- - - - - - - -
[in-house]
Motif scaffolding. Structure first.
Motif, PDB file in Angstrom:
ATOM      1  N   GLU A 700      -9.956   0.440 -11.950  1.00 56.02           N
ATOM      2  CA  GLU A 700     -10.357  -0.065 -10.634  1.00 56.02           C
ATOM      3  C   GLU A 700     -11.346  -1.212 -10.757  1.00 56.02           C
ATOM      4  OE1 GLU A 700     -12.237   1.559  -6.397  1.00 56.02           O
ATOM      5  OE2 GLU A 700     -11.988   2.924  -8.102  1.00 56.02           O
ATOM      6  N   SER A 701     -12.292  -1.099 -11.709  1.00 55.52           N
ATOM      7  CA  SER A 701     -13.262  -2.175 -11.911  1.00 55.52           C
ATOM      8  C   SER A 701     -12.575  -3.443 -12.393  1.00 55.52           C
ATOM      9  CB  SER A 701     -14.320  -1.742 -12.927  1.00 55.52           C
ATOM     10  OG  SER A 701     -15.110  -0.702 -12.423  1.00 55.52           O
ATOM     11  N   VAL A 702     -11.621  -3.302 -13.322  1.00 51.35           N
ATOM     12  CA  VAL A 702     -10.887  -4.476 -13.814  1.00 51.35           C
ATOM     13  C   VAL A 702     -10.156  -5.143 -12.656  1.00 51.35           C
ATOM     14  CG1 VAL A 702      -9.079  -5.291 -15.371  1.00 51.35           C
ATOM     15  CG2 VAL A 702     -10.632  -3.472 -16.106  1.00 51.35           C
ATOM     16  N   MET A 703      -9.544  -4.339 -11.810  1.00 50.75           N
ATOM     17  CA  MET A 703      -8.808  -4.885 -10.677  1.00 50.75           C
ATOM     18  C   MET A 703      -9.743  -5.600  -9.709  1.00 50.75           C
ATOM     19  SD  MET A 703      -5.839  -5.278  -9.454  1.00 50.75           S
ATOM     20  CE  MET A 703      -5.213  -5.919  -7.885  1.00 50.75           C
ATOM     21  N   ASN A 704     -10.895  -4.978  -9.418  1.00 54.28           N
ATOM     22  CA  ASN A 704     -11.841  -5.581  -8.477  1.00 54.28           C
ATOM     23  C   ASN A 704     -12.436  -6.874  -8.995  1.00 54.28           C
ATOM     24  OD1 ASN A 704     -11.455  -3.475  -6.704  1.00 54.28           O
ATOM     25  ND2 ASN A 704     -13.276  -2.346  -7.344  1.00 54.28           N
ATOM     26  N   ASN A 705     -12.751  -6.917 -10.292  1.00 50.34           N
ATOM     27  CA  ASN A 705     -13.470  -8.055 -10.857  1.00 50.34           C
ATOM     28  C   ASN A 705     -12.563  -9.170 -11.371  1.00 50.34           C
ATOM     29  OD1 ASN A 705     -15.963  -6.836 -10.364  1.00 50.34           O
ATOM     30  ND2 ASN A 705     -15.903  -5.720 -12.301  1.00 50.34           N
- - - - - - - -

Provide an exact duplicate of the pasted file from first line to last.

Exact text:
[in-house]
Motif scaffolding. Structure first.
Motif, PDB file in Angstrom:
ATOM      1  N   GLU A 700      -9.956   0.440 -11.950  1.00 56.02           N
ATOM      2  CA  GLU A 700     -10.357  -0.065 -10.634  1.00 56.02           C
ATOM      3  C   GLU A 700     -11.346  -1.212 -10.757  1.00 56.02           C
ATOM      4  OE1 GLU A 700     -12.237   1.559  -6.397  1.00 56.02           O
ATOM      5  OE2 GLU A 700     -11.988   2.924  -8.102  1.00 56.02           O
ATOM      6  N   SER A 701     -12.292  -1.099 -11.709  1.00 55.52           N
ATOM      7  CA  SER A 701     -13.262  -2.175 -11.911  1.00 55.52           C
ATOM      8  C   SER A 701     -12.575  -3.443 -12.393  1.00 55.52           C
ATOM      9  CB  SER A 701     -14.320  -1.742 -12.927  1.00 55.52           C
ATOM     10  OG  SER A 701     -15.110  -0.702 -12.423  1.00 55.52           O
ATOM     11  N   VAL A 702     -11.621  -3.302 -13.322  1.00 51.35           N
ATOM     12  CA  VAL A 702     -10.887  -4.476 -13.814  1.00 51.35           C
ATOM     13  C   VAL A 702     -10.156  -5.143 -12.656  1.00 51.35           C
ATOM     14  CG1 VAL A 702      -9.079  -5.291 -15.371  1.00 51.35           C
ATOM     15  CG2 VAL A 702     -10.632  -3.472 -16.106  1.00 51.35           C
ATOM     16  N   MET A 703      -9.544  -4.339 -11.810  1.00 50.75           N
ATOM     17  CA  MET A 703      -8.808  -4.885 -10.677  1.00 50.75           C
ATOM     18  C   MET A 703      -9.743  -5.600  -9.709  1.00 50.75           C
ATOM     19  SD  MET A 703      -5.839  -5.278  -9.454  1.00 50.75           S
ATOM     20  CE  MET A 703      -5.213  -5.919  -7.885  1.00 50.75           C
ATOM     21  N   ASN A 704     -10.895  -4.978  -9.418  1.00 54.28           N
ATOM     22  CA  ASN A 704     -11.841  -5.581  -8.477  1.00 54.28           C
ATOM     23  C   ASN A 704     -12.436  -6.874  -8.995  1.00 54.28           C
ATOM     24  OD1 ASN A 704     -11.455  -3.475  -6.704  1.00 54.28           O
ATOM     25  ND2 ASN A 704     -13.276  -2.346  -7.344  1.00 54.28           N
ATOM     26  N   ASN A 705     -12.751  -6.917 -10.292  1.00 50.34           N
ATOM     27  CA  ASN A 705     -13.470  -8.055 -10.857  1.00 50.34           C
ATOM     28  C   ASN A 705     -12.563  -9.170 -11.371  1.00 50.34           C
ATOM     29  OD1 ASN A 705     -15.963  -6.836 -10.364  1.00 50.34           O
ATOM     30  ND2 ASN A 705     -15.903  -5.720 -12.301  1.00 50.34           N